Briefly Very Beautiful by Roz Dineen [6/10]

Roz Dineen Briefly Very Beautiful review

Dystopic fiction is running rampant and logically so. A debut novel, Briefly Very Beautiful is a claustrophobic, intense tale of a young mother with three young children, two of them brought to her by a husband now working as a medic in an overseas war. The world is steadily and catastrophically breaking down, from infrastructure to the American political order, and the air is becoming dire. The author writes heartfelt, close-up prose in support of this narrative of a human world gone mad and awry, told from a dense domestic viewpoint. When her city threatens to become unlivable, the woman sets off with her charges to search for sanctuary with her family-in-law, first in a gated estate, then over a border to a secluded property. Halfway through the engrossing story, the focus shifts to a story of familial dysfunction, hidden evils, and domestic betrayal, and I must confess I found the intricacies of treacherous human groupings and the hero’s responses, to be less fascinating than the background breakdown. Overall, this is an engaging, worthwhile read.

Cahokia Jazz by Francis Spufford [9/10]

Francis Spufford Cahokia Jazz review

A voluptuous stylist with honed storytelling chops and lyrical descriptive skills, Francis Spufford is rightly famed for his two previous novels. Golden Hill and Light Perpetual. His new novel, Cahokia Jazz, is a departure of genre but equally impressive and engrossing. Set in a counter-factual 1922 in which American Indians retained land and some power, in a counter-factual city near St Louis, the book is also a noir gumshoe classic, with a hefty police detective (brilliantly also portrayed as an ex-Jjazz pianist) clumsily pursuing a ritualistic murder. This world is ruled by American Indians, of a type steeped in Inca myths, and the author brilliantly weaves together the strands of the three intertwined groups (whites, Indians, and blacks). Every scene is drenched in the atmosphere of a rich, three-race city setting. I caught echoes of the Chinatown movie and Jonathen Lethem’s Motherless Brooklyn in the roughshod, smart exploits of the appealing detective. The plot can be expected to twist and turn, and so it does, all under effective control. Cahokia Jazz is a complex, engrossing, exhilarating literary/mystery mash-up that catapults towards an ending both startling and totally logical. If you haven’t experienced Spufford magic yet, dive in!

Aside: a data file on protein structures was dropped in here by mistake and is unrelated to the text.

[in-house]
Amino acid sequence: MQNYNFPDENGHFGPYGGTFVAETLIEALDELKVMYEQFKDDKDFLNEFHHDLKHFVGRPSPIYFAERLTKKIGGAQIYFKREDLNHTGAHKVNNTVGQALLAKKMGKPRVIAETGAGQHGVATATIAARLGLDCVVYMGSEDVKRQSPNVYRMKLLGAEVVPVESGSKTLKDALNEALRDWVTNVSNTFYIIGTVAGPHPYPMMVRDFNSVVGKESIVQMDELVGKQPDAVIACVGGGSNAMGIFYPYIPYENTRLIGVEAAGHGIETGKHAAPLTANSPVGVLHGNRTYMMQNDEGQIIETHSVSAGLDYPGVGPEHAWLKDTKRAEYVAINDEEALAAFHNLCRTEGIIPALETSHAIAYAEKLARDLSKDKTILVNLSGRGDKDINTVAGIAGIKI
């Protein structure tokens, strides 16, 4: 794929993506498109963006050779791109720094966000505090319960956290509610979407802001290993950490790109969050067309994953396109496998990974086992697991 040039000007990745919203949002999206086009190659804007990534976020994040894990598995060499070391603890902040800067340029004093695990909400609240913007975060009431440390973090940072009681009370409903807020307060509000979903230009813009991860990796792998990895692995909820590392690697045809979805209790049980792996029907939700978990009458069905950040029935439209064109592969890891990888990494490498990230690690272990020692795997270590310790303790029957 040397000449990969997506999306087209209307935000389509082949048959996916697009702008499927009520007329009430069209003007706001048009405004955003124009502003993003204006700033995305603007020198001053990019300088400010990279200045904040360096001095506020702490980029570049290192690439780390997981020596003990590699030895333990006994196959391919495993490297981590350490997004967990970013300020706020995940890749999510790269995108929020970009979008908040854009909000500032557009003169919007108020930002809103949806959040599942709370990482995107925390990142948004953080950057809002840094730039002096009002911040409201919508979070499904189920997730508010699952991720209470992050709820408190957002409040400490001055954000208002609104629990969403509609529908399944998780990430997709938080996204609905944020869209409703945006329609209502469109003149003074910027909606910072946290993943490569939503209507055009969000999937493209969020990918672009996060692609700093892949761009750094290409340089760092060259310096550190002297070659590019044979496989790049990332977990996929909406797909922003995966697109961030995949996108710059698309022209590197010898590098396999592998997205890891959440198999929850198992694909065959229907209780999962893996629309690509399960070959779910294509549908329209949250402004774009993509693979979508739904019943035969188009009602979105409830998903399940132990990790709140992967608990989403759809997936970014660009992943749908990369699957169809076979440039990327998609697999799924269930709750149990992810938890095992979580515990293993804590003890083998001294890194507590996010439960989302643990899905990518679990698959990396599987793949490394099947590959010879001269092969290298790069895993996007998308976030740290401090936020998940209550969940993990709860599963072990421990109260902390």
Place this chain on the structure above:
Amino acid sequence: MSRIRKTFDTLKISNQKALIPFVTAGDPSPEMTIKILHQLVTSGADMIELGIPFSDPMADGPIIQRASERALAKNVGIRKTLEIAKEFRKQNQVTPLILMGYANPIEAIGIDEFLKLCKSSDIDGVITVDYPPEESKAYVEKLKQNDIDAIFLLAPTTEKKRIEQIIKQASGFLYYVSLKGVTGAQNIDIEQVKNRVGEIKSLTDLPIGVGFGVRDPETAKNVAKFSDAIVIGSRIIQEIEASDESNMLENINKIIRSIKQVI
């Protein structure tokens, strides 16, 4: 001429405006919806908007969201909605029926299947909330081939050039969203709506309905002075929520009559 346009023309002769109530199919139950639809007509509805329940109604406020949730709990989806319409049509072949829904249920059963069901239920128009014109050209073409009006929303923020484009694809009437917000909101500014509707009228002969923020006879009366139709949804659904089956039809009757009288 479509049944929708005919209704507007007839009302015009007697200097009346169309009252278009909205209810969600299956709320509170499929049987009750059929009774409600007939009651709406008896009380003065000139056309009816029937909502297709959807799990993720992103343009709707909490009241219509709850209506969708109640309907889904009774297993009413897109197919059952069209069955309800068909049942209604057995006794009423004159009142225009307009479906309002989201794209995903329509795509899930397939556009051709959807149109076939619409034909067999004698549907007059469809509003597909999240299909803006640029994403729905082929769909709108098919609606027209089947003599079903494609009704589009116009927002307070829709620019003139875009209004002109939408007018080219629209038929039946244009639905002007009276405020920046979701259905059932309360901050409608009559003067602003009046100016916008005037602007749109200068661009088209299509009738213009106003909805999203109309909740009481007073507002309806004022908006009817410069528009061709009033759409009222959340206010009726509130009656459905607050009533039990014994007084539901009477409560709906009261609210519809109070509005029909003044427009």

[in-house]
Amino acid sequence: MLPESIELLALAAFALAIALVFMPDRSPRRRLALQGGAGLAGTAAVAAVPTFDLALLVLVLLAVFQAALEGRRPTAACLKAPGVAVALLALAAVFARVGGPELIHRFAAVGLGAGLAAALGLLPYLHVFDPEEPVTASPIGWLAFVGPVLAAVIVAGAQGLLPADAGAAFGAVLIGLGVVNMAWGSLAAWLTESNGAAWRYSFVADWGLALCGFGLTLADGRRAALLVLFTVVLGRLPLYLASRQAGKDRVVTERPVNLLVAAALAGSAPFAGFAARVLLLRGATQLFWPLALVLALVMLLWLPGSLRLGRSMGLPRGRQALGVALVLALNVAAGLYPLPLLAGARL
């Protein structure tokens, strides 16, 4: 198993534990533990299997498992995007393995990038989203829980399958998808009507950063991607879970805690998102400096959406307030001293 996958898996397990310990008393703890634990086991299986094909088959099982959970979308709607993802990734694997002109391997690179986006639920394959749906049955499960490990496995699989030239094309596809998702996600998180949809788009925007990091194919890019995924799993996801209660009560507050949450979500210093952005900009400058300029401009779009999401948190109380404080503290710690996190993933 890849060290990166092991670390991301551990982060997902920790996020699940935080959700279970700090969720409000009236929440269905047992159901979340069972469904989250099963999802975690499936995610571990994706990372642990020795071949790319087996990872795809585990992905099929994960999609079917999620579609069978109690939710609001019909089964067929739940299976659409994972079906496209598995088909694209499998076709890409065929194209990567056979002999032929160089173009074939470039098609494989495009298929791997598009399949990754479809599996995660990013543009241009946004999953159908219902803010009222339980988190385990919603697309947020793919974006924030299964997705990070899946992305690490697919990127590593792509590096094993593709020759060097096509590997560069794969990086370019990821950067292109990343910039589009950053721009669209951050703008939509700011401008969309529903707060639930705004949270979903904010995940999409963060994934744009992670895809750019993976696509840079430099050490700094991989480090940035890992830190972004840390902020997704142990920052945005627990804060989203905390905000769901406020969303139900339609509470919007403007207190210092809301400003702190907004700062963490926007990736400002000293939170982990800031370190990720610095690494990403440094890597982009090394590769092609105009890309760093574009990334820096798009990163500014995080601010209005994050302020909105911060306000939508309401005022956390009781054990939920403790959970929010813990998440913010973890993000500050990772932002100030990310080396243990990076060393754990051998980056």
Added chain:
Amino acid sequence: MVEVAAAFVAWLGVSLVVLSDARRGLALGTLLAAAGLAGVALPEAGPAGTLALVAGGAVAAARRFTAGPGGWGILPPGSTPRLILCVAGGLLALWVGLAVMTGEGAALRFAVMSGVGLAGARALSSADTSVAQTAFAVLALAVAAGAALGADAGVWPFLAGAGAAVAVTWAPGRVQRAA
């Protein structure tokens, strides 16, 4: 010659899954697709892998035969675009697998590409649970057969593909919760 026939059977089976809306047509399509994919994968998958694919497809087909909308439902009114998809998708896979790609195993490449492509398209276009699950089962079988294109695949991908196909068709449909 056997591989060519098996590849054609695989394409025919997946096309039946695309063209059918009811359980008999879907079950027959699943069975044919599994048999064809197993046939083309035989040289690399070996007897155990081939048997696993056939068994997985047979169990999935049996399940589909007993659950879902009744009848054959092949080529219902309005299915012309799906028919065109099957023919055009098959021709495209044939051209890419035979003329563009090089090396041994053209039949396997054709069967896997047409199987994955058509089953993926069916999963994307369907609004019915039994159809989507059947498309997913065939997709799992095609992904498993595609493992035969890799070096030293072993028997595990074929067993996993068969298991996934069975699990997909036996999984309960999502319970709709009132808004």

Boy Swallows Universe [9/10]

Boy Swallows Universe review